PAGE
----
Hellbound Time Jump Explained

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This Hellbound article contains major spoilers through Episode 3.

Hellbound creator Yeon Sang-ho may come from a feature film background, but you wouldn’t know it from the six-part supernatural horror series’ impeccable pacing, including a mid-season time jump that gives the drama new narrative life just when the world’s horror is perhaps becoming too much. Whether you’ve completed all six episodes of the Netflix series or are looking for some mid-season guidance following the end of Episode 3, here’s what you need to know…

When is Hellbound Set?

The first half of Hellbound is set in 2023. In Episode 1, it is mentioned that the New Truth Society has been investigating “demonstrations” for a little over 10 years. It is also mentioned that the society was founded in 2012.

How Much Time Passes in the Hellbound Time Jump?

At the end of Episode 3, Hellbound jumps abruptly into the future. In the episode’s final scene (a scene we will revisit in Episode 4), TV broadcaster Youngjae is stuck in traffic. He notices a statue of three demon-monsters outside his car window, and mutters something disparaging about the New Truth. We immediately know that a good chunk of time has passed—at least the amount of time necessary to build a statue and for the New Truth to be well-known enough for a casual, weary mention. Later, we discover four years have passed in that time jump.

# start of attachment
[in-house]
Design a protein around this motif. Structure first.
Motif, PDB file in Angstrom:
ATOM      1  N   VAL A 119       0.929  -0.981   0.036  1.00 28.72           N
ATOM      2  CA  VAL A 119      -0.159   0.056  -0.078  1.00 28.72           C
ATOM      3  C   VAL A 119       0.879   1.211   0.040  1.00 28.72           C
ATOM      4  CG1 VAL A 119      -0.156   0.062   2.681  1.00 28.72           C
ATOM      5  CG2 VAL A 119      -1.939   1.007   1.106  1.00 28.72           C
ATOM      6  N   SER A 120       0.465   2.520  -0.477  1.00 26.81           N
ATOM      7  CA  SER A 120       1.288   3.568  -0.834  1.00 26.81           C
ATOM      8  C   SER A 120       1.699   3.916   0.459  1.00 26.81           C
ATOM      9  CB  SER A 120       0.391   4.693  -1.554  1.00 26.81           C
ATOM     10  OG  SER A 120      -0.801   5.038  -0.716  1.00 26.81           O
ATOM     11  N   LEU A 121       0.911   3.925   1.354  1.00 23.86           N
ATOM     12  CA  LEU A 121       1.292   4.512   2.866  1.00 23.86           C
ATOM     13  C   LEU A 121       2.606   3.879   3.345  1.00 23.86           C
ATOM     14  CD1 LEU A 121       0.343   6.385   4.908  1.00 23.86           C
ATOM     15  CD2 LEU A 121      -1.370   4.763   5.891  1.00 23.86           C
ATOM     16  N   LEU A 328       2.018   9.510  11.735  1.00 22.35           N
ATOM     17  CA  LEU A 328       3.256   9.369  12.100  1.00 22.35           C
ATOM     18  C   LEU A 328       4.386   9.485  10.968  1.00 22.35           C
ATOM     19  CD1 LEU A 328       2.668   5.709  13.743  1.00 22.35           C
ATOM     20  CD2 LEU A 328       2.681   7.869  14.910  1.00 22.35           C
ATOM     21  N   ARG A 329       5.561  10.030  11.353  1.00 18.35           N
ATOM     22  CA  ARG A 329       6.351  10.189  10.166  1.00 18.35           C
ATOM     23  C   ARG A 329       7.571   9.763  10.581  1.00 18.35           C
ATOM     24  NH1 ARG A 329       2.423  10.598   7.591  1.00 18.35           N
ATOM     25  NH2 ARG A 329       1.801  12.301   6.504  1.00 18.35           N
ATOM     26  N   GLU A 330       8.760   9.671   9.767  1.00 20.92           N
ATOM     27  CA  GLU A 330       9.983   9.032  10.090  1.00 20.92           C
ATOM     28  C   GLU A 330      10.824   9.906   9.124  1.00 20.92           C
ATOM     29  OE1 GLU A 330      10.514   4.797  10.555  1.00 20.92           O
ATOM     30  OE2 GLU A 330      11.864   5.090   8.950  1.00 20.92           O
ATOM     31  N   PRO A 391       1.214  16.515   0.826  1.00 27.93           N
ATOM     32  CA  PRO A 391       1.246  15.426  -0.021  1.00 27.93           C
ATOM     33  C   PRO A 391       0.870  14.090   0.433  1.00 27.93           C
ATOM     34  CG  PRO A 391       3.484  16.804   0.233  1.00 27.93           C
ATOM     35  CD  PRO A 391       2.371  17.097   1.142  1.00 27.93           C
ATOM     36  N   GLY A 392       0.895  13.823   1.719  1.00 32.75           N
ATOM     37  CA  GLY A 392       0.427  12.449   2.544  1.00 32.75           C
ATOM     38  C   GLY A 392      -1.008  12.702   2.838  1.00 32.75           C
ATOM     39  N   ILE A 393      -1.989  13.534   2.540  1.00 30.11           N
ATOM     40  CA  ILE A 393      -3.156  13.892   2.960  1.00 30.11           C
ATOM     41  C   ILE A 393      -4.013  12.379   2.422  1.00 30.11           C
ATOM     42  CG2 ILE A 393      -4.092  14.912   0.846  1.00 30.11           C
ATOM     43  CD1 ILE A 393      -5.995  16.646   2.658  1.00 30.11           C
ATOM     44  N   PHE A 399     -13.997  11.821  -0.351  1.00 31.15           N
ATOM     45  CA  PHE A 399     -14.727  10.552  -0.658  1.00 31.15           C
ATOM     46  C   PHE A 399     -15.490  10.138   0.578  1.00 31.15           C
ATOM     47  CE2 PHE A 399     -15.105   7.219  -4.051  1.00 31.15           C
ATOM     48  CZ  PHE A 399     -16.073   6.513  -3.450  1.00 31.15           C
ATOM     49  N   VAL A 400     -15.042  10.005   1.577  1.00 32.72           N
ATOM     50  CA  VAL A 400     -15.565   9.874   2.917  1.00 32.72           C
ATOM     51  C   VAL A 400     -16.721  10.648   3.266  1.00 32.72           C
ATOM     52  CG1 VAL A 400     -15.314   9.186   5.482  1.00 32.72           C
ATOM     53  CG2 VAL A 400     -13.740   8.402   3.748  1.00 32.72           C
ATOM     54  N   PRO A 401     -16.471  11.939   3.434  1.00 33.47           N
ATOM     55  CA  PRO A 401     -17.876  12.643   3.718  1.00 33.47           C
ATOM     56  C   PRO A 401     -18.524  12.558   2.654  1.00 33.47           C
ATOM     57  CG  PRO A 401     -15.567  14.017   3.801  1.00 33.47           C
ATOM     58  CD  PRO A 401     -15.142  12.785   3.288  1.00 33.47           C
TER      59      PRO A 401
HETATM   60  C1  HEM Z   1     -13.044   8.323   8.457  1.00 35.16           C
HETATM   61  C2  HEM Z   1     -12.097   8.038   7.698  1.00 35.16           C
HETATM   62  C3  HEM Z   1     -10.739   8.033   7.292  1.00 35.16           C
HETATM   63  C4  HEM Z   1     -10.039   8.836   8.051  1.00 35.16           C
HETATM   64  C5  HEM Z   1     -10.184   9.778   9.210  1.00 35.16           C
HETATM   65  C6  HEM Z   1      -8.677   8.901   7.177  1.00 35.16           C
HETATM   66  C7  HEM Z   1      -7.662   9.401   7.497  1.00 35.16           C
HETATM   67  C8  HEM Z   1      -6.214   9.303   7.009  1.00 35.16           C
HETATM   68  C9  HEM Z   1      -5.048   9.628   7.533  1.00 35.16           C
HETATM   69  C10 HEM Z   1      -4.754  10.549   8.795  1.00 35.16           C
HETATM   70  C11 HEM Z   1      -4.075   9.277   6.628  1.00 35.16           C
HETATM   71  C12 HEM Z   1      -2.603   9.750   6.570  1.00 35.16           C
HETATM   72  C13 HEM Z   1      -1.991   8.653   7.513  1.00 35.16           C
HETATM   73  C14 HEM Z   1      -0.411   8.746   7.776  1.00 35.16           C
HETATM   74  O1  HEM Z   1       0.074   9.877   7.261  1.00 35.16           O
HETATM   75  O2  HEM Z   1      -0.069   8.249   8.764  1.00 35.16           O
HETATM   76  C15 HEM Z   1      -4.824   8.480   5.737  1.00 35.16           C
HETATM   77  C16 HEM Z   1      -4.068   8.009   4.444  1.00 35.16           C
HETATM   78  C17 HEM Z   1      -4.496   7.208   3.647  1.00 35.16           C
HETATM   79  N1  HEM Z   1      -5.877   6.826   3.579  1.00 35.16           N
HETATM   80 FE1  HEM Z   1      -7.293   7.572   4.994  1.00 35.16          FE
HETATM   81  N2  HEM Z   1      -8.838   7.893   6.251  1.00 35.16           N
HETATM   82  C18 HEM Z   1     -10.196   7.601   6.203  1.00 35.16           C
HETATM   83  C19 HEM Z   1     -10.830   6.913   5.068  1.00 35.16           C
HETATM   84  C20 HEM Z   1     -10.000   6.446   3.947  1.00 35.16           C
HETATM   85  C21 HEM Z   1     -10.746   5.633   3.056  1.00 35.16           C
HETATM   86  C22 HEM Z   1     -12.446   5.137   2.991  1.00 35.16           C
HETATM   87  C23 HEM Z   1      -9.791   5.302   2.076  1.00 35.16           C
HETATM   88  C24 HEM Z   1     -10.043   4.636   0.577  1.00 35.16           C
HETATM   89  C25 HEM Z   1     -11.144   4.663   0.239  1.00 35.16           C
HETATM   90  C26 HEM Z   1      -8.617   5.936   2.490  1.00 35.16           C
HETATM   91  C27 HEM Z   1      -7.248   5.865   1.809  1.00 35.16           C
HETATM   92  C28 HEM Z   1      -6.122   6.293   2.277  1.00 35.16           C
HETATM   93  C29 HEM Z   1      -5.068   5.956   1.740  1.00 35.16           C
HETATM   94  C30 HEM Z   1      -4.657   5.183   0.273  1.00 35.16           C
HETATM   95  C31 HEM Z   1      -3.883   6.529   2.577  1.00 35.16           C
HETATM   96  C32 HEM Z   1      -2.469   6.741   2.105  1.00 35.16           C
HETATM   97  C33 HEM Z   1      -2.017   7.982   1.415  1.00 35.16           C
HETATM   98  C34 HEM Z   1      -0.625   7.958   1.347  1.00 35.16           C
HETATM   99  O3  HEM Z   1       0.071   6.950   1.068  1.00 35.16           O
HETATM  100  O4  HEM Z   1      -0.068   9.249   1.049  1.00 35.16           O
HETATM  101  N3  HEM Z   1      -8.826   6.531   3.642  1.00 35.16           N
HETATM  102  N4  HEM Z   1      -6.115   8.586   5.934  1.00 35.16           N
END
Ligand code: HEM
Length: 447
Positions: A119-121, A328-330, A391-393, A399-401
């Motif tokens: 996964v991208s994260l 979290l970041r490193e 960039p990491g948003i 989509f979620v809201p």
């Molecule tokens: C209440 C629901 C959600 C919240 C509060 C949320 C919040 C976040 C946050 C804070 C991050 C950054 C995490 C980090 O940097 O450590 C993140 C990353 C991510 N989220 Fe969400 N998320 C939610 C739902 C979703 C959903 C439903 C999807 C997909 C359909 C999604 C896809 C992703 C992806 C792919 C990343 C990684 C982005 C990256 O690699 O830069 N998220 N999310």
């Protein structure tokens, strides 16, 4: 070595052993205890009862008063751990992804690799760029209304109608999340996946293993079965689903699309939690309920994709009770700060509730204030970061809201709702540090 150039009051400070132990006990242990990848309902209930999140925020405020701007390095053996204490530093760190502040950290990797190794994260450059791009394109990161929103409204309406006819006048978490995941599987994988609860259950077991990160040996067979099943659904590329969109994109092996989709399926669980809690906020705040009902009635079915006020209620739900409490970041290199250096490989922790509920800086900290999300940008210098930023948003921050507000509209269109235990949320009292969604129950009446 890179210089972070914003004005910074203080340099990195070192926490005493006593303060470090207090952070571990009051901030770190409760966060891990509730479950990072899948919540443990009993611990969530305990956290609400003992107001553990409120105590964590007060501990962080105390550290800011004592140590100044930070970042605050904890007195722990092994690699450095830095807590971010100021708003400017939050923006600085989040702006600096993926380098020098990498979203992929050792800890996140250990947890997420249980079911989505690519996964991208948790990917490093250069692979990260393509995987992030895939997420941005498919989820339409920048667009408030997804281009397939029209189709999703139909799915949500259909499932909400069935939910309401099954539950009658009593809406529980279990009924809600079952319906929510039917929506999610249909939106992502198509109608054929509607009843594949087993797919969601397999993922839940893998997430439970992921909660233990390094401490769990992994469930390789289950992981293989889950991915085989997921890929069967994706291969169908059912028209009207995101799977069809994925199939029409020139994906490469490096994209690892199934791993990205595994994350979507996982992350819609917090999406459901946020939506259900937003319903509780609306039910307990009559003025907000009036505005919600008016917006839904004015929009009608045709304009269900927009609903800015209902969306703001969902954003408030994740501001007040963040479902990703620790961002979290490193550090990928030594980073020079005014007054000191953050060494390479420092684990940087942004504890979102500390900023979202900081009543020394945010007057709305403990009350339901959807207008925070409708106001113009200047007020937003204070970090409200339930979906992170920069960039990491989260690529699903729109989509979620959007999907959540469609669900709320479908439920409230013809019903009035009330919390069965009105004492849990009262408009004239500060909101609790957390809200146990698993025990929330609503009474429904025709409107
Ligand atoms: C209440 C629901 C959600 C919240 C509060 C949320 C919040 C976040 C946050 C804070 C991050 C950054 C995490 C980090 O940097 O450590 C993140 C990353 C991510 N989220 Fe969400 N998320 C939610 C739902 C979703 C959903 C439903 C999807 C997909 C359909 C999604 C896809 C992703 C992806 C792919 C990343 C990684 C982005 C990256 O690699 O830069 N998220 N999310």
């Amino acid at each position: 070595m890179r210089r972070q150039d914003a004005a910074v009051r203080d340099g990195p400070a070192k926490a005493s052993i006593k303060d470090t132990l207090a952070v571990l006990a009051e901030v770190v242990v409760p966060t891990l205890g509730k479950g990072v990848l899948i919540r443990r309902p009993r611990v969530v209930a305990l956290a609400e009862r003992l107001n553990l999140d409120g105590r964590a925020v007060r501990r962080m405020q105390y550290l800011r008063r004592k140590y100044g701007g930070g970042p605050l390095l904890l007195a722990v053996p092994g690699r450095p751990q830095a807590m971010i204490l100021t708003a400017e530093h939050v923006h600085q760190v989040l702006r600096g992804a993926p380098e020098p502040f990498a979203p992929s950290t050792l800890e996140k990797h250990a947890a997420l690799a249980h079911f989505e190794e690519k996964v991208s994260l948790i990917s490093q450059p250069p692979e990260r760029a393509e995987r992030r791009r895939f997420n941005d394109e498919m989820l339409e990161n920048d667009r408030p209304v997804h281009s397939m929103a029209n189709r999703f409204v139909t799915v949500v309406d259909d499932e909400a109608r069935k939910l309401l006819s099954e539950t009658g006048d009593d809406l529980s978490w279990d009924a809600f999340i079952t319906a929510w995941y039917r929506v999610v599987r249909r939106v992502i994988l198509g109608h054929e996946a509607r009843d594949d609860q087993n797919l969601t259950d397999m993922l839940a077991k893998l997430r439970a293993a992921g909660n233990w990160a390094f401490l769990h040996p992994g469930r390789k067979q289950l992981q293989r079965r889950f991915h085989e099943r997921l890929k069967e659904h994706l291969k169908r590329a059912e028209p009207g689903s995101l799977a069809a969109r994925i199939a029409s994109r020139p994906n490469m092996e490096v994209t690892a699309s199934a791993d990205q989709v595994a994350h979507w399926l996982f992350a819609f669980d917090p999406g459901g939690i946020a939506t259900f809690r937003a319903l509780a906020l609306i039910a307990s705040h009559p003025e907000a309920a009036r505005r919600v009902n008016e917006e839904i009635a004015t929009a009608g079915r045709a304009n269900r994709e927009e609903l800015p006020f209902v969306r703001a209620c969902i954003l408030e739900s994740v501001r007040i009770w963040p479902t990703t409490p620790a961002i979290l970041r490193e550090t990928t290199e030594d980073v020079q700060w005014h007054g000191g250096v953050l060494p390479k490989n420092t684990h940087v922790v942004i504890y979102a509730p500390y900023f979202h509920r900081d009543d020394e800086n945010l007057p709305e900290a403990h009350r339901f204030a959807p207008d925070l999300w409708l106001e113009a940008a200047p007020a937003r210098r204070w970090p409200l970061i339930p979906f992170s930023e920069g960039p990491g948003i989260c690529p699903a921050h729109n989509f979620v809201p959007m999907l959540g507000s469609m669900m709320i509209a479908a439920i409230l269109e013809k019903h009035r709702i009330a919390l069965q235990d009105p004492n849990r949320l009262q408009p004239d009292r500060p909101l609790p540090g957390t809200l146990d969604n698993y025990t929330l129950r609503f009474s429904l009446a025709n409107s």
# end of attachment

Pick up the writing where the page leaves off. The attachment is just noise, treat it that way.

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What Year is It After the Hellbound Time Jump?

After the time jump, we see a mention of the exact year when Professor Gong returns to Hankuk University where a “2027 Academic Year Kickoff Ceremony” banner is hanging.

The New Truth Society Explained

In Episode 3, we learn about how Jeong Jinsu came to know about the “demonstrations,” and why he decided to create the New Truth Society. Jinsu was abandoned as a child… by his mother… at a carnival. As he tells Detective Jin prior to his death, he lived his life at a Catholic orphanage, following all of the rules so that his mother would come back for him. But she never did, and when Jinsu was a teenager, an angel came to prophecies his death in 20 years.

After that, Jinsu traveled the world looking for answers. He observed different demonstrations, hoping to find a way around his coming death—or at least a reason for it. In the end, he could find none, so he created one. As he tells Detective Jin, he made the unilateral decision for humanity: “If there is no legitimate reason behind this phenomenon, would people be able to accept it? I think they will start rioting and panicking. There has to be a reason. They need to believe that this phenomenon occurs to make the world a better place. They need to believe that it occurs so that justice can be served.”

While Jinsu claims he is doing it for the good of humanity, the argument doesn’t hold much weight. He leaves the New Truth Society in the hands of Pastor Kim Jeongchil, a man who is willing to trade Min Hyejin’s life for the position. We never see Jinsu show any empathy or care for another human, but instead see him gain satisfaction from the manipulation of the people around him. He convinces Heejung to take part in the murder of her mother’s killer, and enjoys lording that fact over Detective Jin.